Integration in Special Education
Literature on integration abounds, but
it doesnt often describe how it actually works.
Heres how Mount Hope Public School tackled it.
By Jim Files
the spring of 1996, the administration at Mount Hope
Public School in Mount Hope could see that special
education needs outstripped the capability of the
existing model a phenomenon many schools are
experiencing. Although the government promised not to
cut special education funds, if needs grow and
funding fails to keep pace the effect is the same.
The accommodation of
children with special education needs continues to
perplex educators and administrators. Historically,
students with special needs were left on the fringes,
but now integration into the mainstream is a concern
for all. Proponents argue it increases
childrens self-esteem, provides positive role
models and exposes children to age-appropriate
materials and content.
special education needs were quite acute, and sending
all the kids with problems off to the learning centre
and resource room was no longer an option. The
schools principal, Bob Vardy, and the staff all
Involved at the Start
Vardy discussed plans at
a staff meeting in September 1996. He said the
groundwork had to be laid for a new resource model.
While this would not be easy, new special education
personnel would facilitate the change.
He outlined a model in
which only the most needy would be served for about
half the day in the learning centre by Carolyn
Nidzgorski, the learning centre teacher. The others
would be served in the resource room and the regular
The learning centre
would replace classroom programs with remedial work.
The resource room would test students and provide
programs that parallelled the regular classroom and
remedial strategies so that students might cope in
the regular classroom. The resource teacher would
help students in the resource room and the classroom.
A memo circulated to the
staff reiterating that the numbers of students seen
in special education would be reduced, but that
support would be provided for the most needy. Staff
also learned the extent of the problem. A list was
circulated of all the students involved in special
education in one way or another. When staff saw that
almost 25 per cent of the student population was
monitored by the special education team, they
recognized that some students with special education
needs would have to be served in the classrooms.
Although staff were
understandably apprehensive about the changes, they
appreciated the need for a fresh approach.
Another aspect of the
September blitz involved encouraging staff to use
special education documentation. In most boards,
procedures and paperwork are amassed for children
involved in special education and kept in the Ontario
Student Record. It is essential that teachers be
familiar with the contents of this chronicle.
information was important preparation for special
education team meetings at Mount Hope. These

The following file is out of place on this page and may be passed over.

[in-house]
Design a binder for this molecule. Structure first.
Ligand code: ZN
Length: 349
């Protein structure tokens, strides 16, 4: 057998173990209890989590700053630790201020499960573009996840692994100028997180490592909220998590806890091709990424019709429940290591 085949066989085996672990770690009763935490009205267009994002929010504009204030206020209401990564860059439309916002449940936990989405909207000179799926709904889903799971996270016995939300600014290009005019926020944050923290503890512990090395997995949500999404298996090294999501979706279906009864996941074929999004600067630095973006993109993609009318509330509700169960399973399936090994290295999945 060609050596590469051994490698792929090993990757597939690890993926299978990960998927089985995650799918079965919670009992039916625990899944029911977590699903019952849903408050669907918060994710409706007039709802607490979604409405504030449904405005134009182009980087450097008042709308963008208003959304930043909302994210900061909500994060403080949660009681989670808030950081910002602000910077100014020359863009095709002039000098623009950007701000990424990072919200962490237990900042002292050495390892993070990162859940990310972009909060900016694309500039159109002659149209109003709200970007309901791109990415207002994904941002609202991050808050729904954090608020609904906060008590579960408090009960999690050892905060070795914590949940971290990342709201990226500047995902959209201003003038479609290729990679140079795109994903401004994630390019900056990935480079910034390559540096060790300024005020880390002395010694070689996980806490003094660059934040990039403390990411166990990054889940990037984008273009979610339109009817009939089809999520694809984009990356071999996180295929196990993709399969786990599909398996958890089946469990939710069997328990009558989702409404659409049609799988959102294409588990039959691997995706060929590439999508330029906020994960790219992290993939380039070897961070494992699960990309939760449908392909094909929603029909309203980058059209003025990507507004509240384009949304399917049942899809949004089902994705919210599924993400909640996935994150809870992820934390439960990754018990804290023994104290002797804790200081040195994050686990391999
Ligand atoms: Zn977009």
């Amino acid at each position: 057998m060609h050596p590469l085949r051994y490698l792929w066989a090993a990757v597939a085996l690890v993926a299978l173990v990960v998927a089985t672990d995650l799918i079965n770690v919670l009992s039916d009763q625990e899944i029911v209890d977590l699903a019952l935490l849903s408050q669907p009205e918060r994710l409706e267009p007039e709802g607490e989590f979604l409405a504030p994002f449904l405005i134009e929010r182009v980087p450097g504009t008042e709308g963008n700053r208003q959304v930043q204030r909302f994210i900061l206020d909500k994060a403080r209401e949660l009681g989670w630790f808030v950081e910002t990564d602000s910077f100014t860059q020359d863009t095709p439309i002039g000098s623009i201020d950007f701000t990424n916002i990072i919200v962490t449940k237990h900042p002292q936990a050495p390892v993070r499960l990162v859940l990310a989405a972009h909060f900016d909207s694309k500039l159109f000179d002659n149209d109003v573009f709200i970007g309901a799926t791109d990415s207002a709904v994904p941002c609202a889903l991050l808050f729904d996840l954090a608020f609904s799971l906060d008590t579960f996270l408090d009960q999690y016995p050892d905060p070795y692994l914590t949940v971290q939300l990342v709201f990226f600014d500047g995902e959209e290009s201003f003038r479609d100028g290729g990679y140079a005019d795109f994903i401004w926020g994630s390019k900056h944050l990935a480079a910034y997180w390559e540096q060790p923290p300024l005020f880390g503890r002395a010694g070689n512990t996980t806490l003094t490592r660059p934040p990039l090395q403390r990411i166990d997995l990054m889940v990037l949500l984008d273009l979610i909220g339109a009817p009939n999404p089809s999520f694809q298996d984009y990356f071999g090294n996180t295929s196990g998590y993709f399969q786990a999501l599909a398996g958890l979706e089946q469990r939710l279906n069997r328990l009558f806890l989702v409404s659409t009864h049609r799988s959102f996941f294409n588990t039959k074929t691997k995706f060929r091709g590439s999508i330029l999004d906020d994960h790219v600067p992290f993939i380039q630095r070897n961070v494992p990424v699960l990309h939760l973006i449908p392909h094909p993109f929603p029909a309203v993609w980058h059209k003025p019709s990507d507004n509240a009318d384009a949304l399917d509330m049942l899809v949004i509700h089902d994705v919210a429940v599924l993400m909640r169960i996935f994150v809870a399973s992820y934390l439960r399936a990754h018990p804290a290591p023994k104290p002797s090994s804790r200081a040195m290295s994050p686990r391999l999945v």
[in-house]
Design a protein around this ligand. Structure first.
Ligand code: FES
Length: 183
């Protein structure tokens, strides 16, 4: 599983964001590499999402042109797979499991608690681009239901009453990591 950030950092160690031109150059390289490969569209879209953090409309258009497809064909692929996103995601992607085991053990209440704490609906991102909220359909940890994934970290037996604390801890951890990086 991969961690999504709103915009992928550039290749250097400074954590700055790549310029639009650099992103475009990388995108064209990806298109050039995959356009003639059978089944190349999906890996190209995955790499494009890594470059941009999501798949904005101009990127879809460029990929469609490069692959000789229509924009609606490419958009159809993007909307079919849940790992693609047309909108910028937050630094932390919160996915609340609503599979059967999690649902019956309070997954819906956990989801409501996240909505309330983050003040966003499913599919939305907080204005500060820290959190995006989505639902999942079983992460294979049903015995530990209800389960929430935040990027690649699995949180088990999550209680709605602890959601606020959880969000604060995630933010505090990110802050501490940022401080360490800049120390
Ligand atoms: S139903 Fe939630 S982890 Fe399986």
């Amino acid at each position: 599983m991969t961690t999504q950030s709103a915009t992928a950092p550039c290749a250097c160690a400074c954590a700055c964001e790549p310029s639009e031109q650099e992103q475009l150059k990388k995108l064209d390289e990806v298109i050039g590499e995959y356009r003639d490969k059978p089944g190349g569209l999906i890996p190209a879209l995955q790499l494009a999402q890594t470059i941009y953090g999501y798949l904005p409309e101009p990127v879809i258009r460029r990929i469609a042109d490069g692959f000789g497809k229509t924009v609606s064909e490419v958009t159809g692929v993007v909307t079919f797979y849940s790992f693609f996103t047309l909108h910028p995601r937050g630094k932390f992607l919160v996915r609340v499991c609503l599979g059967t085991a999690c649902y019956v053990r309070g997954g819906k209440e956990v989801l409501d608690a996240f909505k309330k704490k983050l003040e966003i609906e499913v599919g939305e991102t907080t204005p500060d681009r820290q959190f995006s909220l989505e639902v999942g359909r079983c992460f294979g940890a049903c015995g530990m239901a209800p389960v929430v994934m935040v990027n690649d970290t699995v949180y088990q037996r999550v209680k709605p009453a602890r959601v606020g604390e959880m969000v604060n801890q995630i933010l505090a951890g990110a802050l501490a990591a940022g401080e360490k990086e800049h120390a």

meetings, held twice a week, included the
vice-principal and learning centre, resource and
classroom teachers. Here, they made critical
decisions about the students educational needs.
A crucial aspect of the
restructuring was making sure that parents noticed
the changes. The September newsletter told parents
that, because of the high number of needy students,
the resource room and learning centre could not
accommodate all of them. The newsletter assured
parents that special education would continue to
serve the very needy and provide strategies and
support for the students and teachers coping in the
Then came workshops for
teachers, led by resource personnel. These provided a
number of indispensable suggestions to teachers for
assisting kids in the gritty world of the regular
classroom. Teachers were offered a number of
metacognitive strategies for reading, as well as a
scheme for the organizing paragraphs. This also had
the benefit of providing a basis for skills
consistent throughout the school.
The portrait would not
be complete without mention of the modification
checklist for teachers developed at the Wentworth
County Board of Education. Under various headings,
the list outlined possible classroom modifications.
The checklist also went
out to parents with student report cards so that they
could see how the school was adapting programs to
meet their childs needs.
For staff, the checklist
was no mere chore. It heightened their interest in
special education needs by showing how easy it was to
modify for students needs. The changes included
preferred seating, rephrasing questions and extra
time for tests and assignments, to name just a few.
In the end, the model
gathered enough steam to see it through
implementation because of a concerted effort on the
part of teachers, students, administration and the
The model gave the
teachers reasons for change and the means to meet new
needs. Most important, it was an open process in
which difficulties were weighed and debated. Proposed
solutions were shared throughout the models
Implementing this model
was also a testimony to how effectively schools can
put plans in the works for themselves and solve
problems. The winners, in the end, were the kids.
Jim Files was the resource teacher at Mount
Hope when the model was set up. He now teaches Grade
6 at Bell-Stone School, just outside of Hamilton. He
can be reached at firstname.lastname@example.org